A warmer and moister atmosphere, exacerbated by global climate change, is partially responsible for this increased precipitation and the floods that followed
Directly after Southern India's wettest November in more than 20 years ended, December 2015 began with a new round of extreme precipitation that inundated the city of Chennai. Scientists have found that global climate change is influencing the frequency of extreme precipitation events, making them more common in peninsular, east and north east India, an area encompassing Chennai. Although November and December are typically two of India's three wettest months, the rainfall and flooding during these months in 2015 was particularly exceptional.
Chennai received rainfall that was 300 percent above the average for the month of November. Immediately following that, on the first day of December, Chennai received over 12 inches of rainfall, setting the record for the wettest December day in more than 100 years of recordkeeping in the region. This continuous downpour caused massive flooding, which led to extensive evacuation and property damage.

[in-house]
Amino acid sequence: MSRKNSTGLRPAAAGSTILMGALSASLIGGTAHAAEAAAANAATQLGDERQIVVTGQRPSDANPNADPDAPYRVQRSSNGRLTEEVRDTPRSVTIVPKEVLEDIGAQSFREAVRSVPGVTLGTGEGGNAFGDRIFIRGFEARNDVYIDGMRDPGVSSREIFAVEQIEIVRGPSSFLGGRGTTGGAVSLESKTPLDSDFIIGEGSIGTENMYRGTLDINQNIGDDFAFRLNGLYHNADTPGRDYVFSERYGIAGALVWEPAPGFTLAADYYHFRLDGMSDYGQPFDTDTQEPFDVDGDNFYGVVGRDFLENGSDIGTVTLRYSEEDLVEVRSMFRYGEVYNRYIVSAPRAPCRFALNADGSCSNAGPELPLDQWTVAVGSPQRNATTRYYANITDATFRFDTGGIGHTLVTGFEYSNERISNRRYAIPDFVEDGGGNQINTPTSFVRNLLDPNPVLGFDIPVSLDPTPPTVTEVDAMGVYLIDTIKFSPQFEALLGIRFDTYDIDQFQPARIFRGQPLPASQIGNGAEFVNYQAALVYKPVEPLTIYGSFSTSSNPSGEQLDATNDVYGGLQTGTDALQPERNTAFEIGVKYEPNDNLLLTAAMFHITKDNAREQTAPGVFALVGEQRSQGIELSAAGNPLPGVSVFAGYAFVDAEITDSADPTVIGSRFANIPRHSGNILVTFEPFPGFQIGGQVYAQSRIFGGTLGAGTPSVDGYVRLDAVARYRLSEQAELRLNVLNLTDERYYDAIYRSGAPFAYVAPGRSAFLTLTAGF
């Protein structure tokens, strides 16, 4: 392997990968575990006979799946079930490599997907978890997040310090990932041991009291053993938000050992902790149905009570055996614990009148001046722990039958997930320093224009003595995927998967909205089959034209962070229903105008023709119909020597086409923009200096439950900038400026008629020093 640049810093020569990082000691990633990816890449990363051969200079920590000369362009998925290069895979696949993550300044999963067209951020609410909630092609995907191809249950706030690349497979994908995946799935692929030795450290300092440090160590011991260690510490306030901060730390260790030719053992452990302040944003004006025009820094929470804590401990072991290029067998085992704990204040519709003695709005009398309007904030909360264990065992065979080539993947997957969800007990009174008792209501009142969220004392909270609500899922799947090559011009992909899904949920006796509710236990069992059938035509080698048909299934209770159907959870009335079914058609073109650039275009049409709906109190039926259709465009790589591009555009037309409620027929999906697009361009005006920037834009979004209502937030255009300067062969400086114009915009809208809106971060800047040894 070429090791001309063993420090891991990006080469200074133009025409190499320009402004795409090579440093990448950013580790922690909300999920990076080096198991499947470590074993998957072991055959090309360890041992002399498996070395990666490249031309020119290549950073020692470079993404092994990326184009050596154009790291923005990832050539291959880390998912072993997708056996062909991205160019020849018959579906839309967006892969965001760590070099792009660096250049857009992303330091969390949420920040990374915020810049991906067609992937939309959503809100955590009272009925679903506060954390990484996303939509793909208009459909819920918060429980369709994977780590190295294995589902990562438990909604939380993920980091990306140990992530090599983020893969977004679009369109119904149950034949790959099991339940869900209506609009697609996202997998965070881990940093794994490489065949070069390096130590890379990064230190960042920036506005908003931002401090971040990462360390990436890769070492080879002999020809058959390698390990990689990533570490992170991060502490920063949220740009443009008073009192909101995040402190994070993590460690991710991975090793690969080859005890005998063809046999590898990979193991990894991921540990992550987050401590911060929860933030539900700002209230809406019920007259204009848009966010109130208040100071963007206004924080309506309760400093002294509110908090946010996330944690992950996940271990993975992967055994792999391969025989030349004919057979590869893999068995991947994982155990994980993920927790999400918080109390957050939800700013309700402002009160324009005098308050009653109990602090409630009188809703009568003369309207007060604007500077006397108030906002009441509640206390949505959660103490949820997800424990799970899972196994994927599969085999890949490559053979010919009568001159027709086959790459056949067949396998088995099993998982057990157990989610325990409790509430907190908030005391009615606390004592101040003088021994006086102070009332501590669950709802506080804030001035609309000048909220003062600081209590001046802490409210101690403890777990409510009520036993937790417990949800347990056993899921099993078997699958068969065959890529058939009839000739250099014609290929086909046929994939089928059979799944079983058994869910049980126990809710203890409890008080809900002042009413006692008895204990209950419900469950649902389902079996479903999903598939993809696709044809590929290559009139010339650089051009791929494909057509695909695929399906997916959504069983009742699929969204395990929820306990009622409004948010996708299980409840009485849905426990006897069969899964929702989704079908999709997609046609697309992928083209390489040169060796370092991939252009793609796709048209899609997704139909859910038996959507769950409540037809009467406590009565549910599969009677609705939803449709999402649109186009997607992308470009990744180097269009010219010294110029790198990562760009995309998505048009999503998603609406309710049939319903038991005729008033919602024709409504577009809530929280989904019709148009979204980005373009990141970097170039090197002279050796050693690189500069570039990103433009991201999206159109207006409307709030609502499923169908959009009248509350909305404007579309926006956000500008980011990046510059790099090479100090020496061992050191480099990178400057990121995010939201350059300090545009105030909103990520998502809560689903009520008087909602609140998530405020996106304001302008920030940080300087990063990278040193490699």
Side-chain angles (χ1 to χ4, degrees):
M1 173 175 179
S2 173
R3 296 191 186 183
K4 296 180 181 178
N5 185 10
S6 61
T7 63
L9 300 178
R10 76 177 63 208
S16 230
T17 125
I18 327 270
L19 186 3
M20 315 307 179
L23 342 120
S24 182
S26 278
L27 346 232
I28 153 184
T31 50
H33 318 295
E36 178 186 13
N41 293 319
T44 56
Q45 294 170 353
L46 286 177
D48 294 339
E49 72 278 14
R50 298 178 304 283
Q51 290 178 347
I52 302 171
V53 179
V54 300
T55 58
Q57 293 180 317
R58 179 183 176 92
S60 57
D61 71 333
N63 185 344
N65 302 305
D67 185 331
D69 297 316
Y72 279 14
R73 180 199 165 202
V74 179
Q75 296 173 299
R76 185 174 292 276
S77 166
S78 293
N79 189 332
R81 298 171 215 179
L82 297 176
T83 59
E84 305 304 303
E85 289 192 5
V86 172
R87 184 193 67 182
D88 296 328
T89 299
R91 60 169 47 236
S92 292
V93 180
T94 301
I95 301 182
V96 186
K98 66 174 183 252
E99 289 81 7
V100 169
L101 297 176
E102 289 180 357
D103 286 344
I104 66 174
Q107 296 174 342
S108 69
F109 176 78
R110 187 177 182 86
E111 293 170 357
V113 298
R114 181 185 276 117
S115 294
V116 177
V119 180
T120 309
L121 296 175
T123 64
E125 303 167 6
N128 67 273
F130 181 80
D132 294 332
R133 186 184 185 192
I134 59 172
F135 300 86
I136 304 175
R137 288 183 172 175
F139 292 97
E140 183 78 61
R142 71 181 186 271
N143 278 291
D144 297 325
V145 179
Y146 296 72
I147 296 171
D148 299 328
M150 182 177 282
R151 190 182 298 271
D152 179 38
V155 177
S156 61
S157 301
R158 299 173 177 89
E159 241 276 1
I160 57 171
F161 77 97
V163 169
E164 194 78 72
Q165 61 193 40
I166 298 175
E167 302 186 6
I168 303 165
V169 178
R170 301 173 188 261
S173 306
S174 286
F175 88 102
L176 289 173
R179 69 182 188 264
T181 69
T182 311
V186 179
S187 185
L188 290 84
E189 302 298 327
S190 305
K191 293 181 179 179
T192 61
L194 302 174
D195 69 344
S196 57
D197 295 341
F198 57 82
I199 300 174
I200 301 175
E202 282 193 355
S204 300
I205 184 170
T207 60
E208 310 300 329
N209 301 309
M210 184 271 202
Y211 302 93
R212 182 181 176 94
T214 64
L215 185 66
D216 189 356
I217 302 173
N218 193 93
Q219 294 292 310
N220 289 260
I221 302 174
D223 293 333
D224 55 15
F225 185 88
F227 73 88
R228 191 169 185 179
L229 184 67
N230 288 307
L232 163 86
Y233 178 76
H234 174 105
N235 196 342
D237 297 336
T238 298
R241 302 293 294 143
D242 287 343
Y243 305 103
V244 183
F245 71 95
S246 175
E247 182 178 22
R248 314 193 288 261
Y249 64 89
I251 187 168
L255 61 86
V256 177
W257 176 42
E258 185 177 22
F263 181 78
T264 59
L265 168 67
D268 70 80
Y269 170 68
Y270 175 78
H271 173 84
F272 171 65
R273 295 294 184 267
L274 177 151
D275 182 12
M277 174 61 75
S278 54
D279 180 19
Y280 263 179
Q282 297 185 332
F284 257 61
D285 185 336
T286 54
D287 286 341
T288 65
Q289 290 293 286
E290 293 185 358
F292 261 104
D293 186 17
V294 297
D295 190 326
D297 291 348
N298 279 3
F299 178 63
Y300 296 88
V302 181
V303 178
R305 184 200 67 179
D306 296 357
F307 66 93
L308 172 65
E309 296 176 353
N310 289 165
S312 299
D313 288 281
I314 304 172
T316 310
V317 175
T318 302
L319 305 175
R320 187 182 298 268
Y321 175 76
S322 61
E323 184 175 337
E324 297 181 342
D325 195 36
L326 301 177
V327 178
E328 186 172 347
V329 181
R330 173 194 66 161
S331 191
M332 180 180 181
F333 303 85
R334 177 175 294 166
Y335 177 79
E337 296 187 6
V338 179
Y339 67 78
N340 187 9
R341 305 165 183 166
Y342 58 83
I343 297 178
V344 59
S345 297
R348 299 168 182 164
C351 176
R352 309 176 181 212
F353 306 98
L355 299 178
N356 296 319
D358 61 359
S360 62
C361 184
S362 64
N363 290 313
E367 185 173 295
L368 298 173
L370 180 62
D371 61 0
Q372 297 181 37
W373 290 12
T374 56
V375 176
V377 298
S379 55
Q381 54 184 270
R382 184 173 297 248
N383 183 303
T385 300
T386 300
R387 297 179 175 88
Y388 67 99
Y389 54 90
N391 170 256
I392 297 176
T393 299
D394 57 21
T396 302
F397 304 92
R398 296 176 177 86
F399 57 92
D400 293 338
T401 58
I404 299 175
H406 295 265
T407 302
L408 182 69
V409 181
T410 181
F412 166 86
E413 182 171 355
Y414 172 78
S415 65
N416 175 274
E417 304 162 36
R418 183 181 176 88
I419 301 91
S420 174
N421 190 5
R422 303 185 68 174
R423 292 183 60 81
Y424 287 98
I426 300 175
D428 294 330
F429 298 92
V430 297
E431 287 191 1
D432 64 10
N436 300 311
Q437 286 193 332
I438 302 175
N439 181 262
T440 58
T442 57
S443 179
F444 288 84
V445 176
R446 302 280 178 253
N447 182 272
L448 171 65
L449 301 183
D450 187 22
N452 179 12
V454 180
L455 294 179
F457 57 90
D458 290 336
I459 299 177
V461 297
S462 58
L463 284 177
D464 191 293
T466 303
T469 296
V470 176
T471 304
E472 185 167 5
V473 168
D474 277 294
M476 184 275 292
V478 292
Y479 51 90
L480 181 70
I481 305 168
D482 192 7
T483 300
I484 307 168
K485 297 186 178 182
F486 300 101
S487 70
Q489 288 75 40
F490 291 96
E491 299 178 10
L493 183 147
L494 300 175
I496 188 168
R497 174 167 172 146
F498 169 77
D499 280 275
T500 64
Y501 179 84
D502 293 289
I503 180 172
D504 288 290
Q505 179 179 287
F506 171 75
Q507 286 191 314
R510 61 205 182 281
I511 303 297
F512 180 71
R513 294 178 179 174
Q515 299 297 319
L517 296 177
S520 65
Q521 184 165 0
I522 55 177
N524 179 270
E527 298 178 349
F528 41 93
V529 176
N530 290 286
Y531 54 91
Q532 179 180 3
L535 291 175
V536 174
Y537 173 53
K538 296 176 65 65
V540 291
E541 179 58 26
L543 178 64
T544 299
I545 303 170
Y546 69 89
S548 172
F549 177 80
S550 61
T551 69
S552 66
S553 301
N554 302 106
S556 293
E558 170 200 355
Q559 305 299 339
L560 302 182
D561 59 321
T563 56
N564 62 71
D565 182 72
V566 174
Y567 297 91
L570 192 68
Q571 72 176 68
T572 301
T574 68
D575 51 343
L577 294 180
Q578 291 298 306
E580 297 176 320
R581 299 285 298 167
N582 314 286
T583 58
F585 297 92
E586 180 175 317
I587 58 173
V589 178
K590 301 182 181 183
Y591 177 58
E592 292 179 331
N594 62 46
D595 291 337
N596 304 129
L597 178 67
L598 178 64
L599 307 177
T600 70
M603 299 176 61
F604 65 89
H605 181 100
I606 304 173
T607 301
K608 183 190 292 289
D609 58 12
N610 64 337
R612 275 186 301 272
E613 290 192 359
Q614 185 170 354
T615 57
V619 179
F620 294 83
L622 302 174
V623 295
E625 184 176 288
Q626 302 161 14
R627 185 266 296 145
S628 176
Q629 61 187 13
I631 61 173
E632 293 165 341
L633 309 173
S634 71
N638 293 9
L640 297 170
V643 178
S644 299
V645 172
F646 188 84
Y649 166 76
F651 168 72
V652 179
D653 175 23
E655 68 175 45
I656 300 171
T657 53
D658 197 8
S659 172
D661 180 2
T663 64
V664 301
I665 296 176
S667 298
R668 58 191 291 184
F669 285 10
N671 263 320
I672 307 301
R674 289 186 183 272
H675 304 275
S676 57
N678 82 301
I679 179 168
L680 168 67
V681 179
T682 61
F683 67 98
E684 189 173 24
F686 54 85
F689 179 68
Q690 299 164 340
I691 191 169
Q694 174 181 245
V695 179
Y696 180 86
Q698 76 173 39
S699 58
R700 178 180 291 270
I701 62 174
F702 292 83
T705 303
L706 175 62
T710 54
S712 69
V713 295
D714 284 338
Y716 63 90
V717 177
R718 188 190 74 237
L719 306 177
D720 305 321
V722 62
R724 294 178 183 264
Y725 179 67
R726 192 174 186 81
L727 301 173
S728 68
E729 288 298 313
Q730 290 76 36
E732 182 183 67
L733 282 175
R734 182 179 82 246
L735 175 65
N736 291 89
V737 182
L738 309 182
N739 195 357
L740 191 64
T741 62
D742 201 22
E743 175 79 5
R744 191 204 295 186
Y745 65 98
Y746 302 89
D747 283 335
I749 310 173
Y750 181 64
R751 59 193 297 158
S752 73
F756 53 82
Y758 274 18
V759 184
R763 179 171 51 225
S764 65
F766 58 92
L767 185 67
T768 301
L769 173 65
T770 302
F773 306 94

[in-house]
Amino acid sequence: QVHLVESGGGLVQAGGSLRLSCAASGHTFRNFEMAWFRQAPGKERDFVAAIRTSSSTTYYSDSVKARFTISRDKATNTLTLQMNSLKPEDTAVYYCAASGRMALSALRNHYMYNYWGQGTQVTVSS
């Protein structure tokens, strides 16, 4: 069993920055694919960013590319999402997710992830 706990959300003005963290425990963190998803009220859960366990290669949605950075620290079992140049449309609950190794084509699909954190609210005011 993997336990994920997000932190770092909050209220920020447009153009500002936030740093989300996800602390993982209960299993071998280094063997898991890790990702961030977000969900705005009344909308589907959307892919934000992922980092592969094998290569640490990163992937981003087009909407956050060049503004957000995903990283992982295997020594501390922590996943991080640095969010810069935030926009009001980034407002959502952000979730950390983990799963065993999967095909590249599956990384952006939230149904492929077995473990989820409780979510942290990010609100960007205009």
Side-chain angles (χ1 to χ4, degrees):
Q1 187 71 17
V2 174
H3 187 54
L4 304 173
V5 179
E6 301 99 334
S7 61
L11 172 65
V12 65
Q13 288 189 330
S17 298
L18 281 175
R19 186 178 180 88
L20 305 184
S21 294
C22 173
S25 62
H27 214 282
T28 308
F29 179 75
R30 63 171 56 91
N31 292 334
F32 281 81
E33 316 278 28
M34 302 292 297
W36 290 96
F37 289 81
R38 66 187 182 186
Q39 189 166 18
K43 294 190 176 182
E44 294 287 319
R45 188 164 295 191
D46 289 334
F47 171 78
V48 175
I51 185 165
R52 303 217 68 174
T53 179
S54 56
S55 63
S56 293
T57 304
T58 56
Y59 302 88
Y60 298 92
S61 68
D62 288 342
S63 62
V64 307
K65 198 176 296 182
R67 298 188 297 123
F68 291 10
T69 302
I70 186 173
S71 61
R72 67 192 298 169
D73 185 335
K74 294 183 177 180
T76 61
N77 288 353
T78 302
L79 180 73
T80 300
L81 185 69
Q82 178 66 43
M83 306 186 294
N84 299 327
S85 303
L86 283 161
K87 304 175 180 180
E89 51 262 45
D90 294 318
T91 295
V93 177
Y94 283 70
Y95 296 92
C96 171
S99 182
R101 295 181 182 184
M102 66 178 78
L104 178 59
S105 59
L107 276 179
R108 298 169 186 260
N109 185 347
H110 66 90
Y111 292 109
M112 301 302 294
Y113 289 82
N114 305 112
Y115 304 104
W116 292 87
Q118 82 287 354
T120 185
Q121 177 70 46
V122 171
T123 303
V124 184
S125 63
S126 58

These record high rainfalls are consistent with the trend toward more extreme precipitation in India that is catalyzed by climate change.
Continuing to warm our atmosphere will result in more extreme precipitation events
Our atmosphere can hold 7 percent more water per one degree Celsius increase in temperature. As we continue to heat the earth, we will simultaneously increase the amount of moisture in the atmosphere, which will lead to an increase of intensity in all types of extreme rainfall events.
This was one of the driving factors that led to the destructive Chennai flooding, and is projected to increase the intensity of extreme precipitation, especially for monsoon related rainfall events, in the future.